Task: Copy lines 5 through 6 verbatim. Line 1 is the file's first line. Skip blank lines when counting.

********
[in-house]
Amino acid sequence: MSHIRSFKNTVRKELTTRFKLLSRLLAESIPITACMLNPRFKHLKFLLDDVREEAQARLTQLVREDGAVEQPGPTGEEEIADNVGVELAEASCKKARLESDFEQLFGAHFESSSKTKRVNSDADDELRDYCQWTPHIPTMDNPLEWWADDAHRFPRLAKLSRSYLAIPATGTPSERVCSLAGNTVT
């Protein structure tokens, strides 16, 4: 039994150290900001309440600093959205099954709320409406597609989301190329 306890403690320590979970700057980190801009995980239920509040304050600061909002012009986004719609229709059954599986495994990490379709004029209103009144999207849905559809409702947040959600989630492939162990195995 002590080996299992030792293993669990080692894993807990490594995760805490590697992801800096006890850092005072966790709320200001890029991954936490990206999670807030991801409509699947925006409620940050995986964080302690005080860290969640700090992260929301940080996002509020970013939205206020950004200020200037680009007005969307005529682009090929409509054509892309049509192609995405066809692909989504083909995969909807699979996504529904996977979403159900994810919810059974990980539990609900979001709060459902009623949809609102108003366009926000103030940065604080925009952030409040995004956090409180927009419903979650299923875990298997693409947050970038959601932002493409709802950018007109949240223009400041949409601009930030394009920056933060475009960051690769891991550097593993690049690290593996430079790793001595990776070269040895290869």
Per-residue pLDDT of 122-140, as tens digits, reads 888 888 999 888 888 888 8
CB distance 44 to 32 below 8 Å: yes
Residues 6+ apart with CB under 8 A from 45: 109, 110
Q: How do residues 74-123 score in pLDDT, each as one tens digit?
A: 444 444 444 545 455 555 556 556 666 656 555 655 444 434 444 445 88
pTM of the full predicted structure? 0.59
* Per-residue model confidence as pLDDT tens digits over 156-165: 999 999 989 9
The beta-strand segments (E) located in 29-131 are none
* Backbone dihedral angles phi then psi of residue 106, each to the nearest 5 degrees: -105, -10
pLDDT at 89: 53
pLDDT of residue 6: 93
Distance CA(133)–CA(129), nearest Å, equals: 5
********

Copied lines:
CB distance 44 to 32 below 8 Å: yes
Residues 6+ apart with CB under 8 A from 45: 109, 110